BSO I: Christian Zacharias was articulate and droll in Haydn and Mozart.
I think the concert I'll remember most vividly from the past few weeks was the closing night of Boston Conservatory's weekend-long tribute to modern-music icon Pierre Boulez on his 85th birthday. For all that Boulez's music is both technically and intellectually challenging, it can also be ravishing — yet few of his pieces get played here. This program began with Boston Conservatory students, under the skillful direction of Eric Hewitt, chair of the Woodwind Department, playing Dérive (1984), six insinuating minutes for six instruments (the quintet called for in Schoenberg's Pierrot lunaire plus percussion), "derived" from the complex chords Boulez had invented for an ambitious piece for orchestra and electronics, Répons (which he himself led at a reconfigured Symphony Hall back in 1986).
Since Dérive, Boulez has been working on an ever-expanding version for 11 instruments that he calls Dérive 2, and that he completed (more or less) in 2006. In Berlin this past September, I heard Daniel Barenboim lead players from his Berlin Staatskapelle Orchestra in both Dérives — the final concert of a two-week (!) tribute to Boulez that included Boulez himself conducting the Berlin Philharmonic. My only previous encounter with Dérive 2 was a 25-minute recording from 2002. At the concert in Berlin, 25 minutes went by, but the ending was nowhere in sight. I wasn't timing it, but it seemed the new version ended up close to an hour long. I loved the music, but I was completely lost.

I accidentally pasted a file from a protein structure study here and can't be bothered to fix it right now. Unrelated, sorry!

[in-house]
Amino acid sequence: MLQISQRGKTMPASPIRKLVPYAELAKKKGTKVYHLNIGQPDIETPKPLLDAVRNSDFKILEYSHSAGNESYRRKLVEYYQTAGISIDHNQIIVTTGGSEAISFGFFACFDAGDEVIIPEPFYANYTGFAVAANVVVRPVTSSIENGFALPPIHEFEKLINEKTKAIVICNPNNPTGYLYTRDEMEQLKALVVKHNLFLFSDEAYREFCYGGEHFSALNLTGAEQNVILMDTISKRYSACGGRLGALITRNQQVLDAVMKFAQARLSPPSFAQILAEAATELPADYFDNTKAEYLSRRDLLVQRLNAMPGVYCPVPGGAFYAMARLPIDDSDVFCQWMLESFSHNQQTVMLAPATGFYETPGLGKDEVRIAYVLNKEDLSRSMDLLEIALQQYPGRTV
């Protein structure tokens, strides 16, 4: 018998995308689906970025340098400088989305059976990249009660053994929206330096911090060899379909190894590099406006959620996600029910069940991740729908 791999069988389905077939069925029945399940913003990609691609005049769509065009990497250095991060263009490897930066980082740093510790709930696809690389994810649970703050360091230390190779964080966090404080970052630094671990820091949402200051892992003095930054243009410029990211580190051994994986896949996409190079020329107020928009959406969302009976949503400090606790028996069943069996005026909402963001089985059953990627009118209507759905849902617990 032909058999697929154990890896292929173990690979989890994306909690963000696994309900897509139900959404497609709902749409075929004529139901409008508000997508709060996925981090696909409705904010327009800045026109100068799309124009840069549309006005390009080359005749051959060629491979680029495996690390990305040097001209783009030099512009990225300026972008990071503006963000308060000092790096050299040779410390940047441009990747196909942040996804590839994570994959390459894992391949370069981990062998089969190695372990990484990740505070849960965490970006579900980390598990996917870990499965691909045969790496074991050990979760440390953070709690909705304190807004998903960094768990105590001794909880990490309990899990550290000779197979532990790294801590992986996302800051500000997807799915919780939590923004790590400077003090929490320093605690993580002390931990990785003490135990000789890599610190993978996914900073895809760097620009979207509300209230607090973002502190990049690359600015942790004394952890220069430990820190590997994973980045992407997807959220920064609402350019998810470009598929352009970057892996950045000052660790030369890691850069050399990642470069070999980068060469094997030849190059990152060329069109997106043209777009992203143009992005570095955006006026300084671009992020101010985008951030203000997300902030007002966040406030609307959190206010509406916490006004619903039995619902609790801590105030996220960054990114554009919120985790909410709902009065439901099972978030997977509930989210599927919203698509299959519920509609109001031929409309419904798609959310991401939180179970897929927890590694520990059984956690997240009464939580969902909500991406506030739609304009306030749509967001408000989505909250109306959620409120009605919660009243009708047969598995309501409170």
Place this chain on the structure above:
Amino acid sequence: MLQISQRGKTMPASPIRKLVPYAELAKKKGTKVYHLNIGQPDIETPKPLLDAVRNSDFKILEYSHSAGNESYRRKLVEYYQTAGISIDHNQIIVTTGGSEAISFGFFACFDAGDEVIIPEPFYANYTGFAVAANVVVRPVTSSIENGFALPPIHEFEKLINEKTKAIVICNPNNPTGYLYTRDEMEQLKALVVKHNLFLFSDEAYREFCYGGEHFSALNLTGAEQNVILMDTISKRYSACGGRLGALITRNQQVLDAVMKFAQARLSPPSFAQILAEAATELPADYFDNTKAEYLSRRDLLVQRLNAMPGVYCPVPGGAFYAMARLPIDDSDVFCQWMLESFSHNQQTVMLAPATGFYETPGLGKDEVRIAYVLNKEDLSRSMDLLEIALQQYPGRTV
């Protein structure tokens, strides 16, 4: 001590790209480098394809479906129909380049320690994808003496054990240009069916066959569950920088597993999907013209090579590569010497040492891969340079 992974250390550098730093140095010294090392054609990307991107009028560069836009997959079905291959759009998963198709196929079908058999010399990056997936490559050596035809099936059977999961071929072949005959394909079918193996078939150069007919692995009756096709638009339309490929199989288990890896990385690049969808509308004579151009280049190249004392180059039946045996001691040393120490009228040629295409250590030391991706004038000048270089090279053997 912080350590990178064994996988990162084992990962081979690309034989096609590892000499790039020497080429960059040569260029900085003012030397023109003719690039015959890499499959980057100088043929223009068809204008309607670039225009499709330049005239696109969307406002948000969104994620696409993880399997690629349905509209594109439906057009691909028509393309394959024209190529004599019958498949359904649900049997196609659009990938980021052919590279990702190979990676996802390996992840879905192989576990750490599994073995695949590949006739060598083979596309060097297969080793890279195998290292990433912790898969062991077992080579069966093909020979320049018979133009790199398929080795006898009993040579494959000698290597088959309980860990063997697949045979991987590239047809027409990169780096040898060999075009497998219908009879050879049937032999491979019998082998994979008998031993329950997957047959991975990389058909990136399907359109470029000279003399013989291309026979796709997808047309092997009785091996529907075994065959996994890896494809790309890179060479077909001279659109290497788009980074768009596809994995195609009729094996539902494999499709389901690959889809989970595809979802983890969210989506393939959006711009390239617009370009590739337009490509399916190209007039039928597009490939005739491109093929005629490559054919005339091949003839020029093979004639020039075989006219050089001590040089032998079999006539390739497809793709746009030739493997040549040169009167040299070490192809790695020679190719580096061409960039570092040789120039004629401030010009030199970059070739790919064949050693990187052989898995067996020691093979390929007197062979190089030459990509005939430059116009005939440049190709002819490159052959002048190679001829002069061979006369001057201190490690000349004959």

At Boston Conservatory, in the piece's actual (though "unofficial") US premiere, Hewitt gave us a brief but helpful rundown of its structure: four continuous sections of about 10 minutes each (which Hewitt called "shadow bop," "shadow scherzo," "andante night music," and a "convulsive" mixture of fast and slow) and then, in conclusion, a manic section half that length that Hewitt called "Boulez's answer" to Stravinsky's violent "Danse sacrale" from Lesacre du printemps — the five sections "separated" by what Hewitt referred to as "windows" of calmer, largely unison playing. This piece is not for students — or cowards. Hewitt led a stellar professional ensemble that included violinist Gabriela Diaz and clarinettist Michael Norsworthy, both of whom have performed with Boulez, the BSO's amazing English-horn player Robert Sheena and percussionist Daniel Bauch, and Triple Helix cellist Rhonda Rider. Dérive 2 is a whirlwind of repeated notes in multiple simultaneous syncopated tempos, flashing arpeggios, and pointillist shimmering, perpetual motion with moments of sublime repose and sudden stops — 48 mesmerizing and electrifying minutes. Seully Hall was packed, mainly with students. At the end, a stunned silence was followed by an extended standing ovation.
Another 85th-birthday celebrant, and closer to home, is Gunther Schuller. I'm sorry I didn't get to the New England Conservatory tribute, but Schuller's nearly forgotten though sparklingly jazzy 1958 Woodwind Quintet was the surprise hit of a concert by the Mimesis Ensemble, whose eloquent clarinettist, Vasko Dukovski, also played in a haunting Mahmoud Darwish setting by Mohammed Fairouz. I've heard Yehudi Wyner's demanding Oboe Quartet done with more nuance and drive; on the other hand, I was captivated by four excerpts from Anthony De Ritis's 1999 score for the 1928 psycho-feminist play Machinal.